Sin and the Sopranos

Don’t read this if you like the Sopranos and are planning to watch the finale someday. I won’t give away much, but I would hate to ruin it for anyone.

I don’t know if any of you are Sopranos fans, but if any of you saw the finale you’ll know that mobster Tony Soprano doesn’t seem to be receiving much of a direct comeuppance for his many, many appalling sins. I found that awfully frustrating, and it led me to think a bit about sin, which I promised I would post about.

Obviously, when you’re agnostic, the business of sin and hell is less concrete. That doesn’t mean that I don’t occasionally embrace the idea of hell, or at least the hope of it. I think it would be really lovely if certain folks who have offended God and the whole world with their cruelty had the same kind of hideous experiences waiting for them that they had inflicted on others in their lives. But I don’t know if they do, and that makes it complicated to think about the concepts of sin and forgiveness.

For example: Hitler needs forgiveness. Duh. Jeffrey Dahmer needs forgiveness. Jim Jones needs forgiveness. Alcoholic fathers and mothers need forgiveness, although they also need support and help to stop their bad acts. But how do they work together? Does forgiveness excuse or merely attempt to heal what can’t be undone? And how does religion really factor in? Does it make you feel forgiven, or does it actually give you the forgiveness you can’t give yourself?

In a comment some time ago, someone suggested that I need Jesus to forgive the sins I’ve committed, because we have all sinned and we all need forgiveness for those sins. But why? Because I’m not sure I believe in hell, the idea of forgiveness of sins committed doesn’t have the same resonance as it would otherwise. If I need to be forgiven in this life so that I don’t have hell in my next, then forgiveness becomes merely a way to get the black marks off of my cosmic report card. If my sins are such that I deserve hell (lying to my mother about whether or not I eat breakfast? being proud that I was able to weed my yard and plant some new grass all by myself?), then God’s got himself a hair trigger temper. I’ve never bought the idea that the least of our sins is important enough to offend God, any more than any of us would thunder and smite when a child who doesn’t know better whacks another on the head with a spoon.

I can buy that I need forgiveness for my sins in order to be a better person in this life. If we all pursued that, we’d probably have a much easier time getting along. But that’s hardly religious; that’s just practical and nice in a secular kind of way. So what’s the answer? What do I really need, and why do I need it, in the matter of whether I ask God to forgive my sins?

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2 Responses to “Sin and the Sopranos”


  1. 1 Glenn June 27, 2007 at 1:49 am

    Holly,

    You asked some excellent questions. I am not sure that I can answer them, but I would like to explore them with you. So, I will try to break this down just a bit.

    Sin is not just actions or words; it is also a heart issue. Jesus dealt with this in a unique way by condemning some very proud religious types who prided themselves in being more righteous than most people. Instead of just talking about adultery, he talked about lust. Instead of talking just about murder, he addressed hate.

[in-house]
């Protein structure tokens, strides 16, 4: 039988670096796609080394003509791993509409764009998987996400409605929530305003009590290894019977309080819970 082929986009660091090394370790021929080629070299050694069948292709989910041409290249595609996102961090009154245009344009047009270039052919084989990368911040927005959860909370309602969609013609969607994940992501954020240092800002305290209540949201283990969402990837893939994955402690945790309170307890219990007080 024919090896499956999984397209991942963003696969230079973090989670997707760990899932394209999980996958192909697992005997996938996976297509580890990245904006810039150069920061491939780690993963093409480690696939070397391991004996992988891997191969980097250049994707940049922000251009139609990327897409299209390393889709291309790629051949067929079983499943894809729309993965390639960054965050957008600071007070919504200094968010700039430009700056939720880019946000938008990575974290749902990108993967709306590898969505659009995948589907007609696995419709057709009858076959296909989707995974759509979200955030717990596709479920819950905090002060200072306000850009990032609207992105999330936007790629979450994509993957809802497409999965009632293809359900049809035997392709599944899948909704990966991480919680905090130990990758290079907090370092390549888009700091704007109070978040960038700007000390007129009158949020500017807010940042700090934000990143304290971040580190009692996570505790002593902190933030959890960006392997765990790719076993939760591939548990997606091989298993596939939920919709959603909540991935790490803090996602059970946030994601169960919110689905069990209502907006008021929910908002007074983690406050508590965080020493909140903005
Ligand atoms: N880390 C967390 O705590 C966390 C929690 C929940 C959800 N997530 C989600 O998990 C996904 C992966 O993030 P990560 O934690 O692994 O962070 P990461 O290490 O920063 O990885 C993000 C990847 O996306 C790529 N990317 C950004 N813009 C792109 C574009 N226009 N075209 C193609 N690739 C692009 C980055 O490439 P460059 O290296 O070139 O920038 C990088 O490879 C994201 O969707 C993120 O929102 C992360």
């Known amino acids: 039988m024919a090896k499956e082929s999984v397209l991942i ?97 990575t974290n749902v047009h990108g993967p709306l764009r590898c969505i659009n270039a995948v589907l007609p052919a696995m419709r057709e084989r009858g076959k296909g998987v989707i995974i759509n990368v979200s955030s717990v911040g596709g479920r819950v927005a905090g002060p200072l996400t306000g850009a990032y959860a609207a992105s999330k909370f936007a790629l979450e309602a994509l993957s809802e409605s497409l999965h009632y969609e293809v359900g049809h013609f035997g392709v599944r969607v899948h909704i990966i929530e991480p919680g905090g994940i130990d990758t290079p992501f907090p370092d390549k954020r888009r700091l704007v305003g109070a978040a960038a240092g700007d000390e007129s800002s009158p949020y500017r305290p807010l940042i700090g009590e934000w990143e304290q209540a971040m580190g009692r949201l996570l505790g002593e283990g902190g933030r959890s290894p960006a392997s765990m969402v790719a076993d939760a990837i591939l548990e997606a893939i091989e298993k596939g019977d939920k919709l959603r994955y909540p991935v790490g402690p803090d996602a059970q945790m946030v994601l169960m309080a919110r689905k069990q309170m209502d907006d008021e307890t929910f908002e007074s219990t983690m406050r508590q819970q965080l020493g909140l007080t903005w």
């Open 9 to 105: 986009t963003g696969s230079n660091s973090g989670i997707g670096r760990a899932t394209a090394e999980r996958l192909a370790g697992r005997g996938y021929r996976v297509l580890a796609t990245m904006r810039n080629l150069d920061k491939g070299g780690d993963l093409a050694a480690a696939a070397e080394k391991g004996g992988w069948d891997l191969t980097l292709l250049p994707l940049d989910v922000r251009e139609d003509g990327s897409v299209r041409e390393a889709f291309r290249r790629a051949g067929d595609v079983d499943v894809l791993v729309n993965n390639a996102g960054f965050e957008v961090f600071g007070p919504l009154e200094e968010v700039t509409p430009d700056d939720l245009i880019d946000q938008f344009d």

On another occasion when a woman was caught in the act of adultery and dragged out to be stoned, he suggested that whoever was without sin lob the first rock. The crowd dissipated with no stones being thrown and he extended grace and forgiveness to the woman. The point is that sin is not just an issue for really bad people and Jesus extends forgiveness and grace to those who acknowledge their sin.

    Forgiveness does not excuse or minimize sin. Unless there is sin, there can be no forgiveness. Christ’s death on the cross and the terrible consequences that we have witnessed as a result of bad decisions whether by others or ourselves shows us that sin is very costly.

    Forgiveness is an important part of healing, but, as you pointed out, it is not the only component. Help, support, and tough love are often an important part of the healing as well.

    In most religions there is some sort of penance to be paid for sin. With Jesus, we acknowledge that his sacrifice for the sins of mankind is the basis of all true forgiveness. In other words, if he could forgive us, we can forgive others. So, it is not a matter of feeling forgiven, but really being forgiven and being able to forgive others. That doesn’t mean that Jesus followers don’t ever struggle with guilt or with bitterness. It just means that we keep coming back to the reality of the way that Christ forgives.

    You raise a good point… Would we need to be forgiven (and forgiving) if there were no hell and no reason to be concerned about black marks on our cosmic report card? I think we would, if we were concerned about reflecting the character of Christ in our lives and in our relationships with God and other people.

    Does God have a hair-trigger and does he smite people for minor infractions. If that were true, I believe there would be a lot more lightning strikes hitting people. But we also get into the whole concept of a holy God and just how tolerant a holy God can be of un-atoned sin.

    You definitely caught the practical side of things in that practicing forgiveness would help us be a better person and have an easier time getting along.

    This is a long comment, though I feel that I have just scratched the surface of some of these issues. I would be happy to discuss them with you further, if you like.


  1. 1 Sin Questions « re-dreaming the dream Trackback on June 27, 2007 at 2:44 am

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